Sunday, July 08, 2007

Goddess in progress

Stripped of divinity
Kathmandu, Nepal

Earlier this week, newspapers back home reported that the Kumari, one of Nepal's traditional "living goddesses," lost her title because she left the country. She traveled to America to promote a new British documentary about this Hindu-Buddhist tradition. Everyone wrote to me asking if I had heard anything about this.

Strangely, I have not seen a peep in the newspapers, which devote most of their space to controversies about the King's birthday (which was yesterday - that's another story). And, on the phone with my Newar Buddhist dance teacher (who is of the same caste as the girl), it was only when I brought up the subject that he acknowledged it.

The tradition holds that no Kumari can leave the Kathmandu Valley during her reign. The Valley forms a sort of sacred mandala and she is supposed to stay within those confines. It's for her own safety; plus that of the Valley, since she is considered an incarnation of the protector goddess.

Since no Kumari has ever left the Valley, much less gone abroad to an "impure" non-believing country, this issue has never come up before.

I was able to meet, receive blessings from, photograph and even have dinner with Sajani Sakya (the Kumari in question) twice last year. I am on speaking terms with one of her attendant-priests and will travel to Bhaktapur ("City of Devotion") next week to try and get the story.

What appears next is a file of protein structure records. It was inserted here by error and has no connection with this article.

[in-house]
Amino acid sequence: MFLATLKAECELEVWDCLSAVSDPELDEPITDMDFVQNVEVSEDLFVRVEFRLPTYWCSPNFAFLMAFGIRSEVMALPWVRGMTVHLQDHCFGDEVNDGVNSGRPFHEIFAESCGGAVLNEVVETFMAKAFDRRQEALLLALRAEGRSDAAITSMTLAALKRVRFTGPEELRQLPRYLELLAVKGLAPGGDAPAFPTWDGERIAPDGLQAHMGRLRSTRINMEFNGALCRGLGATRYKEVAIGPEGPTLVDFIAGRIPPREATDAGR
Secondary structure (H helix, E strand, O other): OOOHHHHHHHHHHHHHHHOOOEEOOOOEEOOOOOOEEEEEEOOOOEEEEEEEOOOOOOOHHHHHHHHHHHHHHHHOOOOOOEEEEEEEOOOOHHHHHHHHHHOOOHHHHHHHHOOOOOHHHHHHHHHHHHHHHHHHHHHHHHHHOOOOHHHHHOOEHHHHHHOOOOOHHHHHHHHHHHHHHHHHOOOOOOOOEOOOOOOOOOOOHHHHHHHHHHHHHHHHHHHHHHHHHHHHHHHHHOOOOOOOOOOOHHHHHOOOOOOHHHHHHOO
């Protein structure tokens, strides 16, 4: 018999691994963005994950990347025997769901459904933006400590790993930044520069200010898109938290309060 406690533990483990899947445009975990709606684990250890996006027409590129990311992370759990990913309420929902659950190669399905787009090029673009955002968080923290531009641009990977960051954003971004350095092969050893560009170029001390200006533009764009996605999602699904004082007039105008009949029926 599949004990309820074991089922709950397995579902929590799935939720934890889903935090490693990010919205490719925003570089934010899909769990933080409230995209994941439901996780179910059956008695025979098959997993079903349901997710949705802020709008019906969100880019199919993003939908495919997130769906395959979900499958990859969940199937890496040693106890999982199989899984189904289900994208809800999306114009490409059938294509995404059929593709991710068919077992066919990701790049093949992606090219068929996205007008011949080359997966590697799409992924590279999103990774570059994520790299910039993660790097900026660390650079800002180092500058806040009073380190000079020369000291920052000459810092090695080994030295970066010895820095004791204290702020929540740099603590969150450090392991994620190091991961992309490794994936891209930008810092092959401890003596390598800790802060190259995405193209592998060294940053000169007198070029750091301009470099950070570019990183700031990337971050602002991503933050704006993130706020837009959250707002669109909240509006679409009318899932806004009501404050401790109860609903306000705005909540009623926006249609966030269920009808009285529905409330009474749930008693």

One of the stories below quotes a priest as saying "We don't allow our Kumaris to visit an alien land." However, the story is wrong in saying that "several THOUSAND Hindus a day visit the temple to worship the Kumari." In Bhaktapur it is at most several hundred unless it's a holiday.

It could be that I will be here in Nepal when they select and enthrone a new Kumari, which would be quite an event.

Here is my photo of Sajani last Dasain (a big Hindu holiday) when she was being carried from house to house to give blessings. I still have the Jamara (sprouted rice sprigs) she gave me as part of the blessing.

Here are some links to related news stories:

Nepal "living goddess" loses status
One of Nepal's Living Goddesses stripped of status due to overseas trip
Nepal to unseat Living Goddess for US visit


Scargill Lass said...

I've just read that the Kumari has been reinstated:

I really enjoy reading your blog Sirensongs - well done on a great blog
Sue Magee

Jane said...

Actually makes sense; the goddess is a local chi manifestation specific to the valley, much as the Cold Mountain region of the Smokies in North Carolina/Tennessee have their own specific chi manifestations - the goddess is a manifesation of the earth incarnate. I have read that she loses goddess status when she has her first menstruation; in the tradition and folk lore, children are gods and goddesses (some more than others) until they reach their sexual maturity, then they enter the "world" and are people, losing their ling to the Unconscious. Always informative and entertaining, I always come back here.